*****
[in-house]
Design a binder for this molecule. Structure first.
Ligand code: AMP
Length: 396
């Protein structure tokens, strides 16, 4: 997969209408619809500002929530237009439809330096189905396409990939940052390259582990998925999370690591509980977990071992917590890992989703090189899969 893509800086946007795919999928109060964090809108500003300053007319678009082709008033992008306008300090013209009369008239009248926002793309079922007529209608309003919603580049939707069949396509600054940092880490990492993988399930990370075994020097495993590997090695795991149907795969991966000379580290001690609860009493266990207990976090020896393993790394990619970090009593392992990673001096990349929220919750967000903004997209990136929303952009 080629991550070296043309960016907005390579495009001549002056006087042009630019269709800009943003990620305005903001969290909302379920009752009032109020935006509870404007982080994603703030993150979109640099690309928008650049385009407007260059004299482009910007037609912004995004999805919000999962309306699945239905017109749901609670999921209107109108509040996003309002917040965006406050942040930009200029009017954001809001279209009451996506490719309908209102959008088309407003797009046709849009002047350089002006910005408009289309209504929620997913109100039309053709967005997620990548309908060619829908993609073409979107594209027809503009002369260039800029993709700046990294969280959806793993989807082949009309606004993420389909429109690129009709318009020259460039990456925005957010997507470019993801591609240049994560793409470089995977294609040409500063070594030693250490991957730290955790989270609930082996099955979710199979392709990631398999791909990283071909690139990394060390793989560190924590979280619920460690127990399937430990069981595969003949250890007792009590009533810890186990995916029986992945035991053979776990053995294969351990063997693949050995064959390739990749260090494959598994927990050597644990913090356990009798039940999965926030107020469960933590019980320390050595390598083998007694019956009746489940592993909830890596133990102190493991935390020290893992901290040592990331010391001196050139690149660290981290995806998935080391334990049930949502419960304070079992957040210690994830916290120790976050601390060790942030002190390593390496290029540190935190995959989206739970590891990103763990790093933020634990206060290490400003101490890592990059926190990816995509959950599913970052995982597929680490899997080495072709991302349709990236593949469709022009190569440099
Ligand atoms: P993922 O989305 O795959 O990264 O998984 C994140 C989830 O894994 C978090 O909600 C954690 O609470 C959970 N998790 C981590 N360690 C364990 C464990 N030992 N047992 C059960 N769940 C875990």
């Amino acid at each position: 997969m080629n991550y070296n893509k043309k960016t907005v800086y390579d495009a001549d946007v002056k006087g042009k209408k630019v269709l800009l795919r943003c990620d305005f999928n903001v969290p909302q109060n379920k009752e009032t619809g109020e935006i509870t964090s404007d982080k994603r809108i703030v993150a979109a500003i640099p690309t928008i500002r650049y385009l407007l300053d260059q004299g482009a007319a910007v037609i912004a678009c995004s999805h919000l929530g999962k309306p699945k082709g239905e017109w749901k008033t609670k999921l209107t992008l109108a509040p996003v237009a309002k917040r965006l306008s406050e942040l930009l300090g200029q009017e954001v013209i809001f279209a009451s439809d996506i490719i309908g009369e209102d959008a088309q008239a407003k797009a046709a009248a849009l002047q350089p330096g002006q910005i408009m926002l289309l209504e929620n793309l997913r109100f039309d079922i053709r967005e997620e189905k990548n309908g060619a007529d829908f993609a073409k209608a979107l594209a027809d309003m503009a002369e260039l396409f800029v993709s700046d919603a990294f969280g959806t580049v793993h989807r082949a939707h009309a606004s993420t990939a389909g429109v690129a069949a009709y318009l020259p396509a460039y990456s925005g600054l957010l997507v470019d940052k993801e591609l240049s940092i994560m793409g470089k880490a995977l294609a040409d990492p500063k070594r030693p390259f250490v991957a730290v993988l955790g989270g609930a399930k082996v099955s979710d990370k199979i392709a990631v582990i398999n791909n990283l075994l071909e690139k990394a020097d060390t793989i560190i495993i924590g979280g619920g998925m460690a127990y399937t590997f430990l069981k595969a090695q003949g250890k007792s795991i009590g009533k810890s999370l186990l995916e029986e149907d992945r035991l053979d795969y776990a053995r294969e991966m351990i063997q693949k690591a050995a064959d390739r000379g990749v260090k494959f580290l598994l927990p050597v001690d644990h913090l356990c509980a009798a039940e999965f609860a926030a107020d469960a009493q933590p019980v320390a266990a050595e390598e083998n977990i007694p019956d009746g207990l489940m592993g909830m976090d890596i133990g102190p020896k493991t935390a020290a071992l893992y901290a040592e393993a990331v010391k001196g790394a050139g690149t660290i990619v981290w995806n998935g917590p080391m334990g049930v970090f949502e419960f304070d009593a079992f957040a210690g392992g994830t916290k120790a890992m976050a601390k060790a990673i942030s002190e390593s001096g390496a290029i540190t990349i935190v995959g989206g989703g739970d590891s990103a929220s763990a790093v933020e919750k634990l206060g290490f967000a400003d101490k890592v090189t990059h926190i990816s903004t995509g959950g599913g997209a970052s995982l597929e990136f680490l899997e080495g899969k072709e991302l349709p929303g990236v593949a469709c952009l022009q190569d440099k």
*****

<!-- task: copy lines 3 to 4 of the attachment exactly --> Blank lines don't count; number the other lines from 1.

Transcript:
Ligand code: AMP
Length: 396